Planting a Bareroot Fruit Tree
· Predug hole three to four feet in diameter
· Three to four cubic feet of compost per tree
· Preplant fertilizer (triple super phosphate or high in phosphorus)
· Wooden or metal stake at least four feet long
· Green nursery tape
· Whitewash or white latex paint diluted equally with water
· Paint brush
· One 24 inch X 3’ section of one-inch hexagonal chicken fencing (if rabbits a problem)
· Wood mulch
· Bypass type hand pruner
|Planting hole for fruit trees with amended soil|
2. Reserve soil from the hole for mixing with compost called backfill
3. Remove rocks larger than a golf ball.
4. Add compost to the backfill and mix thoroughly.
5. Add preplant fertilizer to the compost soil mix and thoroughly mix.
6. Place tree in the planting hole and orient the bud union (dogleg) to the north. And make sure the roots will be ½ inch below the finished soil level when finished.
7. Put three to four inches of amended soil into the bottom of the hole and start adding water. The water should turn the soil into a slurry (consistency of a milk shake) and flow around the roots, removing air pockets.
8. Continue to add the soil/compost/fertilizer mix to the planting hole as water is added.
9. When the backfill has been added completely, collapse the edges of the planting hole with your shovel to create an irrigation basin for watering. This basin should be level and have a depth of three to four inches. If a basin does not exist, create one by piling soil around the edge of the planting hole to create a moat.
10. Once the tree has been planted and the water has drained, check to make sure no roots are exposed. Draining may take anywhere from minutes in well drained soils to hours in poorly drained soils. If the roots are exposed, cover the roots with amended soil but be careful to leave a three to four inch deep, level basin (moat) surrounding the tree and encircling the planting hole.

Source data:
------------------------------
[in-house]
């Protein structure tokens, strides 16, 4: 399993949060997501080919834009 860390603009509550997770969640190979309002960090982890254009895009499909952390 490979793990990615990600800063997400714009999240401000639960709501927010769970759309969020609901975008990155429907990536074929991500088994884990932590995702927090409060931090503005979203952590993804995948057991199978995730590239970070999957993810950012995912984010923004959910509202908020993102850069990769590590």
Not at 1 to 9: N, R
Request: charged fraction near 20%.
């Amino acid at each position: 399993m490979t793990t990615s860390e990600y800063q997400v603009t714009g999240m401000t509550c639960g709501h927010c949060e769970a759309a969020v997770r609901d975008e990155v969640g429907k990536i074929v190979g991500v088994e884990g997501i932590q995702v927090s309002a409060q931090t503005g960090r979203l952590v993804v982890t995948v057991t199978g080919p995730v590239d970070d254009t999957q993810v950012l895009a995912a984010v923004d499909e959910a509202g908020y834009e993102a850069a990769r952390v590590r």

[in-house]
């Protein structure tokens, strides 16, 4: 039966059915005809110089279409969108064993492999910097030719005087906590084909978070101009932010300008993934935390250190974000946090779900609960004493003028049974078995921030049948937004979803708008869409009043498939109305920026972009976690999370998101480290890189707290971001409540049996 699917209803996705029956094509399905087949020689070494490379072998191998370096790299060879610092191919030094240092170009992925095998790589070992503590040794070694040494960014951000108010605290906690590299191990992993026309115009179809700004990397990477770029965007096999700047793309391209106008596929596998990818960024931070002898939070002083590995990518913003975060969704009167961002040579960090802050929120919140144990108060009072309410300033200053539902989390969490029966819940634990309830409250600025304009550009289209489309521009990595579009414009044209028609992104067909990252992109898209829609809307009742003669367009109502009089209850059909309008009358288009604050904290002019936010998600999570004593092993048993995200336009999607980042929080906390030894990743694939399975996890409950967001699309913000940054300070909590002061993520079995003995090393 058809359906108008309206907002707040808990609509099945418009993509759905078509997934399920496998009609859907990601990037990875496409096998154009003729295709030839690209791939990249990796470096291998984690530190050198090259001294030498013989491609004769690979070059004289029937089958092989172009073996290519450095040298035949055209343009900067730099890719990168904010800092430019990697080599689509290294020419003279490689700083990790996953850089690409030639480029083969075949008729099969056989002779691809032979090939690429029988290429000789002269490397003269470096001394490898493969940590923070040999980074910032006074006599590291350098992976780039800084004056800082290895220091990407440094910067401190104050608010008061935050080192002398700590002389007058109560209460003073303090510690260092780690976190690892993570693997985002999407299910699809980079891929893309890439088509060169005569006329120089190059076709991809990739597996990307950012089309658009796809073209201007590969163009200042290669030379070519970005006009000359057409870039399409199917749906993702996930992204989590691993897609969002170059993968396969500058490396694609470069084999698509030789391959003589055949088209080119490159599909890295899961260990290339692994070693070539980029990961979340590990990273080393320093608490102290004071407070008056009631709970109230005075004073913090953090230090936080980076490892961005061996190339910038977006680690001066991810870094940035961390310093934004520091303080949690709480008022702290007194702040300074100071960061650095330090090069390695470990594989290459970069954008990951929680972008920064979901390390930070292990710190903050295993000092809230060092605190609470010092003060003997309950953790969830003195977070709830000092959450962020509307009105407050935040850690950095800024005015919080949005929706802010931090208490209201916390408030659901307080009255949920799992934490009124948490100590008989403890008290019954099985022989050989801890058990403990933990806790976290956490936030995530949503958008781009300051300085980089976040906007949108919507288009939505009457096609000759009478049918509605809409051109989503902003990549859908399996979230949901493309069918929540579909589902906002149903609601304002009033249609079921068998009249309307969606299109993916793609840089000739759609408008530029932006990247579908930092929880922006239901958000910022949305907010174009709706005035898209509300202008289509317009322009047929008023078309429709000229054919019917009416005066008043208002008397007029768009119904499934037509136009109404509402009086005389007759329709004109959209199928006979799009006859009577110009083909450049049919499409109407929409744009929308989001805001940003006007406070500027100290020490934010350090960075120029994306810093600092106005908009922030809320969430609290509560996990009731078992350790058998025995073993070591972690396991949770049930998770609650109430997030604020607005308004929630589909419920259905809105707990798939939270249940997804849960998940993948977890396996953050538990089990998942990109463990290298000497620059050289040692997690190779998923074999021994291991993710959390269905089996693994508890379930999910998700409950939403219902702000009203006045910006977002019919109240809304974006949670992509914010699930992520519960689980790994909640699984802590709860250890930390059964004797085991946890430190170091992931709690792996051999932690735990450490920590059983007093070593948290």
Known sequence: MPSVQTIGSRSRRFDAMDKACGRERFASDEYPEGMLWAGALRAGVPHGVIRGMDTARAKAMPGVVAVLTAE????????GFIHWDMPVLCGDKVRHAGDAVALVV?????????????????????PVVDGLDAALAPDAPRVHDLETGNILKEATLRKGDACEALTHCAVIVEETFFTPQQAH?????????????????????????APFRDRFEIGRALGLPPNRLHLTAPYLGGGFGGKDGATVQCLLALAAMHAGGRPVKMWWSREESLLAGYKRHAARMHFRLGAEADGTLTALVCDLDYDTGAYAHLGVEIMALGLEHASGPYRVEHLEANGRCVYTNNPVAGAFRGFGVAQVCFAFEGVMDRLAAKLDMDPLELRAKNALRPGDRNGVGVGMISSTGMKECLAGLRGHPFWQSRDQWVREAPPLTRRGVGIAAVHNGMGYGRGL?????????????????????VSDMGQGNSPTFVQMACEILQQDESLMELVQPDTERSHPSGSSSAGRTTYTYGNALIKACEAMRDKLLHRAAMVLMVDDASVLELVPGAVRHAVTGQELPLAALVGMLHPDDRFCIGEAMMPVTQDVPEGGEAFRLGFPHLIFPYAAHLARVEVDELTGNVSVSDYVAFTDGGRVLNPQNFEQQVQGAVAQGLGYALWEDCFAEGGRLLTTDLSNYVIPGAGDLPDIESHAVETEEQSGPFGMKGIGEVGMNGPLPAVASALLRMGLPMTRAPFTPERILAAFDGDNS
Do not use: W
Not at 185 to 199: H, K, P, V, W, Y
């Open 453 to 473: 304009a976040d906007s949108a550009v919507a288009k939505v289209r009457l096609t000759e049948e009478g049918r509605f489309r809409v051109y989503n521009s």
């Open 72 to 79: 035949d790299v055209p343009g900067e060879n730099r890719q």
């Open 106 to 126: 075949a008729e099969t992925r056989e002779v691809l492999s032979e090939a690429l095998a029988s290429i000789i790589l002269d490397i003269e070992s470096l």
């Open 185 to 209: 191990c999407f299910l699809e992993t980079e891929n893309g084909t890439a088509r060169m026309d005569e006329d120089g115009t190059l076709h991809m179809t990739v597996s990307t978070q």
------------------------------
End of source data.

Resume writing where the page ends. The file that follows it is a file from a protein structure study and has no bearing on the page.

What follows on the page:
|Fruit tree watered in but missing the stake to hold the roots from moving|
11. Drive a four foot or longer stake with a hammer into the hole directly next to the tree. Make sure the stake is solidly driven into the soil at the bottom of the hole. The stake should be immobile after it is driven into the bottom of the hole.
12. Using green, pliable nursery tape, tie the tree tightly to the stake so that the tree is immobilized. When planting bareroot trees, the tree must be immobilized in its first few months during establishment in its new home. This allows for strong, healthy and fast root development by mid to late summer. The stake should be removed the following spring.
13. If the tree has not been whitewashed, then whitewash the tree using either whitewash compounds or diluted white latex paint (half water/half white latex paint). Paint the trunk, trunk bud union and any major stems coming from the trunk to a distance of two inches from the trunk.
14. Spread the wood mulch throughout the basin to a minimum of three inches. Pull the mulch away from the trunk of the tree six inches to allow for drying of the trunk between irrigations and avoid crown rot.
15. If you live near the desert, golf course or park protect your new investment with rabbit fencing. Encircle the tee with 24 inch (wide) X 3 ft (long), one inch mesh, chicken wire. Tie the ends of the fencing together so that rabbits cannot get inside and damage the tree. Bury the bottom edge of the fencing two inches into the mulch.
16. If your tree does not have any limbs low to the ground, prune the main stem of the tree at knee height if you want your fruit production as low on the tree as possible. This will force the tree to produce branches and fruit lower to the ground for easier picking later in its life.
17. Irrigate the tree daily for the first three days to continue to remove air pockets. Wet the soil surrounding the hole and settle the plant into its new home.